Carl Halling

Born 7 October, London, UK.

Tales of a Paris Flâneur

My Paris begins with
Those early days
As a conscious flâneur;
I recall the couple
On the Metro,

When I was still innocent
Of its labyrinthine complexities;

Slim pretty white girl,
Clad head to toe
In new blue denim,
Wistfully smiling,
While her muscular black beau

Stared straight through me
With fathomless, fulgorous orbs;

And then one of them spoke
(Almost in a whisper):
‘Qu’est-ce que t’en penses?’
Until it dawned on me,
Yes, the slender young Parisienne

With the distant desirous eyes
Was no less male than I.

Being screamed at in Pigalle,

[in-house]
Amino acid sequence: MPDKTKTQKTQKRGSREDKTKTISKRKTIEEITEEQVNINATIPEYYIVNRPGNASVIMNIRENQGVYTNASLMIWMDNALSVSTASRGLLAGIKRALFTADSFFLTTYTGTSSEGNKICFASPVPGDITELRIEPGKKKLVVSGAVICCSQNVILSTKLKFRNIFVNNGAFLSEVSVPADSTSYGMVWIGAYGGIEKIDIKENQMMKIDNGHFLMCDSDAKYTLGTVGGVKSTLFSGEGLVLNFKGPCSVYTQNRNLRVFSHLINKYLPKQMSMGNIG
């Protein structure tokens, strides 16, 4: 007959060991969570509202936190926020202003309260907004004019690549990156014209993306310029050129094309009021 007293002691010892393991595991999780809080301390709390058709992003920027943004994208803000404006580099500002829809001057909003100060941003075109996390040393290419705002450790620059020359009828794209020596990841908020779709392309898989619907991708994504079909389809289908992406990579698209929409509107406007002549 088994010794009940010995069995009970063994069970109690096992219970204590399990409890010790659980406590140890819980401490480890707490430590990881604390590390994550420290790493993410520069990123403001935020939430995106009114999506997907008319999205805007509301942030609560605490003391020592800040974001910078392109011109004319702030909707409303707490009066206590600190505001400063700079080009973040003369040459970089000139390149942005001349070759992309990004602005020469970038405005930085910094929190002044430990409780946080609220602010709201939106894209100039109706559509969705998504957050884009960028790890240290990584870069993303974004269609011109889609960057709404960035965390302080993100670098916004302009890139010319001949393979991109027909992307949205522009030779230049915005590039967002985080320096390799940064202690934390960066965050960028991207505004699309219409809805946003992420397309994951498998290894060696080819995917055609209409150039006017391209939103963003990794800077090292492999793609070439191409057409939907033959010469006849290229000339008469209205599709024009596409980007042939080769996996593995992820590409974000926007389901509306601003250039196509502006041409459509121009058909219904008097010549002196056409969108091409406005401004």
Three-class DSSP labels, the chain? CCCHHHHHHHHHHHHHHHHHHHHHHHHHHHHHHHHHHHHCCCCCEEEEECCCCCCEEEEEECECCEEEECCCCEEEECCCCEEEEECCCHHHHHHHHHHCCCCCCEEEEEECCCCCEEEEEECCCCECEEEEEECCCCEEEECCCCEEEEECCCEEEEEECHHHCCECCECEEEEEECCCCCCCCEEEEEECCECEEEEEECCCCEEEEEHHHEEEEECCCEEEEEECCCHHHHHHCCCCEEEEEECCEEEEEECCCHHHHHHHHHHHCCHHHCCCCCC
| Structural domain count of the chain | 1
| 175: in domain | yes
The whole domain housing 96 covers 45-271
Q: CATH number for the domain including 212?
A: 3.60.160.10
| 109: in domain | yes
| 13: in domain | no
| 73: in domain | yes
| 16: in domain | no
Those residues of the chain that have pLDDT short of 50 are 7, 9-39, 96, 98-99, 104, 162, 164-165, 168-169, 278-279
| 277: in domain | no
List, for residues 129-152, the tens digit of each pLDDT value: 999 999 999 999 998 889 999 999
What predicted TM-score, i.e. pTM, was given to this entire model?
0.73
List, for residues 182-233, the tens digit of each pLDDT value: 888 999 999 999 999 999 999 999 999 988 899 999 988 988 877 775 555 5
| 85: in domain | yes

And then howled at again
By some kind
Of wild-eyed wanderer
Who suggested I seek out

The Bois de Boulogne
For what he saw as my destiny;

Cash squandered
On a cheap gold-plated toothbrush,
Portrait sketched at the Place du Tertre,
Paperback books
By Symbolist poets,

Second hand volumes
By Trakl and Delève,

Metro taken to Montparnasse,
Where I slowly sipped
A demi-blonde
In one of those brasseries,
Such as those

Immortalised by Brassai
In the famous photographs.

And where an ancient loup de mer
In a naval officer’s cap,
His table bestrewn
With empty wine bottles

And cigarette butts,
Repeatedly screeched ‘Phillippe!’

Until a patient young bartender
With patent leather hair,
And an affable half-smile,
Filled his wine glass
Quite to the brim,

With a mock-obsequious:
“Voila, mon Captaine!”

Losing Rory’s address,
Scrawled on a page
Of Musset's Confession,
Walking the length
And breadth of the Rue St. Denis;

‘What an artists paradise,’
Comme on m’a écrit une fois.
153 Total read